torium, etc, are usually not on the
same level as the exhibition space,
they are either above or below the
concourse floor. Even the programs
that are on the concourse level,
like the laboratories, they take up
relatively little space on that level
compared to the exhibition space.

Overall, there is little physical and

visual connection of the exhibition
space and the other spaces from
within the building. Most programs
are encased inside the cones. To
get from the exhibition space to the
auditorium or the café, one would
have to go to the main entrance
cone, go outside and below the
Figure 4.28: Exhibit building to get to those programs.

Figure 4.29: Exhibit

Organization Strategy

Figure 4.30: Within Phaeno Parking Garage

The total size of the site including attractive for pedestrians, as people
artificial landscape is about 12600 prefered to walk on the parameter
square meters large. About half of of the site.
that area is the actual foot print of
the building. Another issue that exist in the open
ground floor is its size. This semi-
The public main entrance to the underground space is immensely
museum is in the center of the site; large. For someone to walk from
one has to walk at least 60 meters one cone to the other, such as going
to get to this entrance, traveling from the auditorium to the café or
through the artificial landscape, into gift shop, would require walking
the covered ground floor space, some distance in a fairly barren and
where lights are spaced in the abandoned place, even though all of
irregular waffle slab above. One these are suppose to be one build-
may find walking under this massive ing (Figure 4.31).
monument over whelming, the sight
of concrete above and below, and In conclusion, the programmatic
the building floating above, is not strategy is interesting and creative

conceptually, but the building becomes secondary. It is simply a
doesn’t work that well in perfor- large field with focal points, whether
mance. The general strategy does it be the cones or the exhibits.
not apply to the detail layout of the
programs. The design and space
is not to scale with a human being
or the science exhibits. Especially
the open ground floor is large and
overwhelming. Although there is
continuity throughout the building,
there is no directionality of move-
ment; the main concourse space

Figure 4.31: Ground Level looking at underside of Autitorium

Part 5. Innovations and reinforced by the tilting lines and floor slab, and the heavy load they
Influences the irregular waffle slab. The main must take demanded the use of
floor plate, whose underside is the Self-Compacting Concrete, instead
ceiling of the open ground floor of regular concrete. SCC mixture
is made from a diamond shaped, is more fluid than normal concrete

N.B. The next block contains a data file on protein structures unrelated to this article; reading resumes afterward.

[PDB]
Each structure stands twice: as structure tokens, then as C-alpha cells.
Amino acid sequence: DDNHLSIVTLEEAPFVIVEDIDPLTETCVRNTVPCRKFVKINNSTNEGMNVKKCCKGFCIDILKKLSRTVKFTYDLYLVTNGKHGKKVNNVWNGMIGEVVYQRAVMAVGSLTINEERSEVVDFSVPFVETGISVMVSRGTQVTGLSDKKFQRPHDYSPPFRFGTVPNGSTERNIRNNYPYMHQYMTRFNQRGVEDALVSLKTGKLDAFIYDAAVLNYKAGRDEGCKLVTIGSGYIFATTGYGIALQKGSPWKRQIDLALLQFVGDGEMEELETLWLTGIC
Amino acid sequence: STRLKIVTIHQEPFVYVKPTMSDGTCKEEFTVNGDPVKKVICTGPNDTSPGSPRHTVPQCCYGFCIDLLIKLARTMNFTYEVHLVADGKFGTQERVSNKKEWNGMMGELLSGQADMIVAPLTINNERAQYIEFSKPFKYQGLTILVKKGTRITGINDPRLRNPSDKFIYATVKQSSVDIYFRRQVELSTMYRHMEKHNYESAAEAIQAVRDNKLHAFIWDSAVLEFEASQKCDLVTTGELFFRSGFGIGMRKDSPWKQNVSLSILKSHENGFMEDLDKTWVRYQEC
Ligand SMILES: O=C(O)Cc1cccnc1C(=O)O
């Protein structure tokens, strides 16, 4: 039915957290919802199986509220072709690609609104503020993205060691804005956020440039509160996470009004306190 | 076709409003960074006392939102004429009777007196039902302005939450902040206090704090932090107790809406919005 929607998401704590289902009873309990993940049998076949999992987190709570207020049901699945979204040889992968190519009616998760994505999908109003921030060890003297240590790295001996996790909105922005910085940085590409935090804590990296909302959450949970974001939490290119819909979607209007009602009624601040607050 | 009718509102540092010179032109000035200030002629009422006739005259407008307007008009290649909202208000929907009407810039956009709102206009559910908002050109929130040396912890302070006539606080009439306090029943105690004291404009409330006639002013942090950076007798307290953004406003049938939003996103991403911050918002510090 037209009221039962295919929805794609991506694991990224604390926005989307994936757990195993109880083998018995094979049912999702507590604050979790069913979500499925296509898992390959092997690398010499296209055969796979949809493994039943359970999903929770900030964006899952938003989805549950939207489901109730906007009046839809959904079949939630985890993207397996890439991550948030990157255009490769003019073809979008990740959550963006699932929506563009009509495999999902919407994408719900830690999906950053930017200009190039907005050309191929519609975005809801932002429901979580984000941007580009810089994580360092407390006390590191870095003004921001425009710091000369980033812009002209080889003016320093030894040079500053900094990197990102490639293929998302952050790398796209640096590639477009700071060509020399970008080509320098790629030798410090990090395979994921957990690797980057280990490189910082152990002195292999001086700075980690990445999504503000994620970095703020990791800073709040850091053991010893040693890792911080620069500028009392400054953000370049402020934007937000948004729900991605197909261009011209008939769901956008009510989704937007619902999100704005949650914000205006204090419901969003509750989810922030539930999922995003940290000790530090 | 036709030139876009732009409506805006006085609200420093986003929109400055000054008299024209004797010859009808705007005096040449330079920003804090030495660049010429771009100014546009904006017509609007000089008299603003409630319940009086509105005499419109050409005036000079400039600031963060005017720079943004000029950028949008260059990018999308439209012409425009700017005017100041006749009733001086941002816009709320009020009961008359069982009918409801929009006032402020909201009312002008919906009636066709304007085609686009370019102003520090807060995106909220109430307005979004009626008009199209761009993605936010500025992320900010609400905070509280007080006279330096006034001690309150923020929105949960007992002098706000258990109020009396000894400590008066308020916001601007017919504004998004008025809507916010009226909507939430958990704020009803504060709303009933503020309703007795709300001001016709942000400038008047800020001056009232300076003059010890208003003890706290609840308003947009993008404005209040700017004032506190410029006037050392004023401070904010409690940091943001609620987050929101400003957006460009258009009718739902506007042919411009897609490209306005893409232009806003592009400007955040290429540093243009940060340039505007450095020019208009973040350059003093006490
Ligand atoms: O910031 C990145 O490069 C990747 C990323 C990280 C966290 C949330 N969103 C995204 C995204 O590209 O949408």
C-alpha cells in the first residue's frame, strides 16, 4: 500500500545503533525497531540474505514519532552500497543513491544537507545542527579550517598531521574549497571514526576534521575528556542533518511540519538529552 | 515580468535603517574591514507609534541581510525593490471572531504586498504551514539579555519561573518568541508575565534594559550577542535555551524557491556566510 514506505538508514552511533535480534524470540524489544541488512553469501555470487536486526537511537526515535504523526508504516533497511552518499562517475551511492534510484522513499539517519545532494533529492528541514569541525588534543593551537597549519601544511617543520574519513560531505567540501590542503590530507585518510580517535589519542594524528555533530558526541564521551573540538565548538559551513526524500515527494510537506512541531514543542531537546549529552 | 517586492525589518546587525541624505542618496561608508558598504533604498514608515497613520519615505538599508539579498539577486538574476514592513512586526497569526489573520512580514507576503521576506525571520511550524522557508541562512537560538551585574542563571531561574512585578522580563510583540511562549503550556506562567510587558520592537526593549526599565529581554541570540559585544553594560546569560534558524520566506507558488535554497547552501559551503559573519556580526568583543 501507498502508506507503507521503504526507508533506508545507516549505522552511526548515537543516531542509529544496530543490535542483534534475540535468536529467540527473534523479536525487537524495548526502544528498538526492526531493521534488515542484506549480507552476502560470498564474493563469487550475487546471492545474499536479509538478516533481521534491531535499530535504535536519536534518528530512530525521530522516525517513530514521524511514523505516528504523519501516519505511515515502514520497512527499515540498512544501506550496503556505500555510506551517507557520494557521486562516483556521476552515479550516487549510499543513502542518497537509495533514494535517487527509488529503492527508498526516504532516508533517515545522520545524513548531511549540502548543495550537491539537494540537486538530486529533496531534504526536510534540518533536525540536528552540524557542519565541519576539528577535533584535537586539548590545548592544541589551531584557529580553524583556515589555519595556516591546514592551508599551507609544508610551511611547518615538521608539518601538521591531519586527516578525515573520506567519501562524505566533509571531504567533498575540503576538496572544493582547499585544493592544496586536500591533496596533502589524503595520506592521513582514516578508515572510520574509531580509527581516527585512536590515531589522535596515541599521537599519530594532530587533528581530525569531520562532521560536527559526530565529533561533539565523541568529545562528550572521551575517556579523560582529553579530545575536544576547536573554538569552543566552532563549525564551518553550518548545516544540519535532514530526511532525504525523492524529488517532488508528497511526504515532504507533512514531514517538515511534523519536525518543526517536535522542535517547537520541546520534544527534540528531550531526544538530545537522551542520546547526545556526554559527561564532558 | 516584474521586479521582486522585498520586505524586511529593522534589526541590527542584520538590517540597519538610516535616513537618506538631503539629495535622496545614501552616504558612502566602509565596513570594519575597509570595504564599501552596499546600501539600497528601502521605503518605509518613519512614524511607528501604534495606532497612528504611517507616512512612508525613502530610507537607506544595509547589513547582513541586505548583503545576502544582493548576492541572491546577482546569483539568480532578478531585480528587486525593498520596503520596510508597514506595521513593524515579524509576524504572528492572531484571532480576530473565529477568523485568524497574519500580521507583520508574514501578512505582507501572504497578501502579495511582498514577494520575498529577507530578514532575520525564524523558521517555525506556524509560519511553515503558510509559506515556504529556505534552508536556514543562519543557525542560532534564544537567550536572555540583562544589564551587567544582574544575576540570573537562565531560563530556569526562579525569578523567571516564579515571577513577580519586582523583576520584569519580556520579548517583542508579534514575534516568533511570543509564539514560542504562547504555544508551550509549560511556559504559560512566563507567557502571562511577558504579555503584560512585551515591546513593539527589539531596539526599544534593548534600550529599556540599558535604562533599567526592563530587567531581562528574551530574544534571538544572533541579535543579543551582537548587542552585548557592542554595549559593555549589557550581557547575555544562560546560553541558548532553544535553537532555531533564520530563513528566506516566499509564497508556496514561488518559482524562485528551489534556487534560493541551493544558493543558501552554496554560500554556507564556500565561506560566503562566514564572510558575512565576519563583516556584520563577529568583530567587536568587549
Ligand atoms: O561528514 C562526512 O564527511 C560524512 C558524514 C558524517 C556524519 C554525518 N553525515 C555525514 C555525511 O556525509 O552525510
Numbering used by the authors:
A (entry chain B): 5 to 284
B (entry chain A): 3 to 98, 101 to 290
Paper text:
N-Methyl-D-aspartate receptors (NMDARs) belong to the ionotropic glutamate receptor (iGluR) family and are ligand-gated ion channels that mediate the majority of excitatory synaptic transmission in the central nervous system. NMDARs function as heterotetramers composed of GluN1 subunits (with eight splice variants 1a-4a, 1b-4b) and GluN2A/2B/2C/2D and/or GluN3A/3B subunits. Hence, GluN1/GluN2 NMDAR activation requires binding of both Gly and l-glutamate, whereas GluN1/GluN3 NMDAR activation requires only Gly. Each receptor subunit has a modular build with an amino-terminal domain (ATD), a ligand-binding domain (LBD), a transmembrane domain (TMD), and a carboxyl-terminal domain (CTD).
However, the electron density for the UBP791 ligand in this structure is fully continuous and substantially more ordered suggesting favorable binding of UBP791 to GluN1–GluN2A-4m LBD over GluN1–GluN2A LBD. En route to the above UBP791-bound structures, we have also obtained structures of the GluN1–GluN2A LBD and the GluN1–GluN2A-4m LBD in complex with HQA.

quadrilateral waffle, instead of the and can flow though formwork
common rectangular kind. While and rebar more evenly, resulting
many of the waffles are filled in, in stronger concrete and even the
some are left open with lighting elimination of vibrating process.
fixtures. The lines of the waffles Phaeno Science Center is the larg-
The Phaeno Science Center is can be traced to the edge of the est building in Europe using such
innovative in design and structure, building and then curves up into technique. To compliment the great
where both are dynamic and non- the tilting lines of the walls, which spans with only 5 supporting cones,
traditional. define the diamond, quadrilateral a heavy steel truss system is used
glazing. When the building is lit at for the roof. The truss is a two way
The major design principle of the night times, lights are coming out Vierendeel truss primarily square
building is movement and conti- of both the glazing and the waffle in shape. It changes in elevation in
nuity. It is present in the visual, openings, creating even more conti- certain areas; where it drops down
physical, and surface systems. The nuity in the building. to meet the structural cones.
idea of Urban Carpet made famous
by the Contemporary Arts Center, Of course this theme of continu-
Cincinnati is played here again ity and movement can not be
as a part of the surface continu- achieved without major structural
ity principle. The entire building is innovations. The most important
lifted one story above the ground, and notable innovation is the use
leaving the first floor open with only of 10 massive concrete cones
the 10 structural cones obstructing, as the structures, eliminating the
creating a dynamic public place that need for beams and columns, and
allows various physical passages freeing the façade. However the Hadid has perhaps been one of
and visual frames. The ground cones are not only structural, they her own greatest influences, her
is artificially landscaped with the are also programmatic, creating buildings evolving from her paint-
same color as the building. The functional spaces within a space. ings transitioning from the “paper
landscape flows out of the ground 5 of the 10 cones connect only to architect” into a “built architect”. Of
smoothly and morphs into the the main concourse floor, and the course, her paintings themselves
cones which disintegrate into the other 5 continue all the way up to have deep roots in the Russian
floor plate and curves up to create the ceiling. All vertical circulation Constructivists, avant-garde and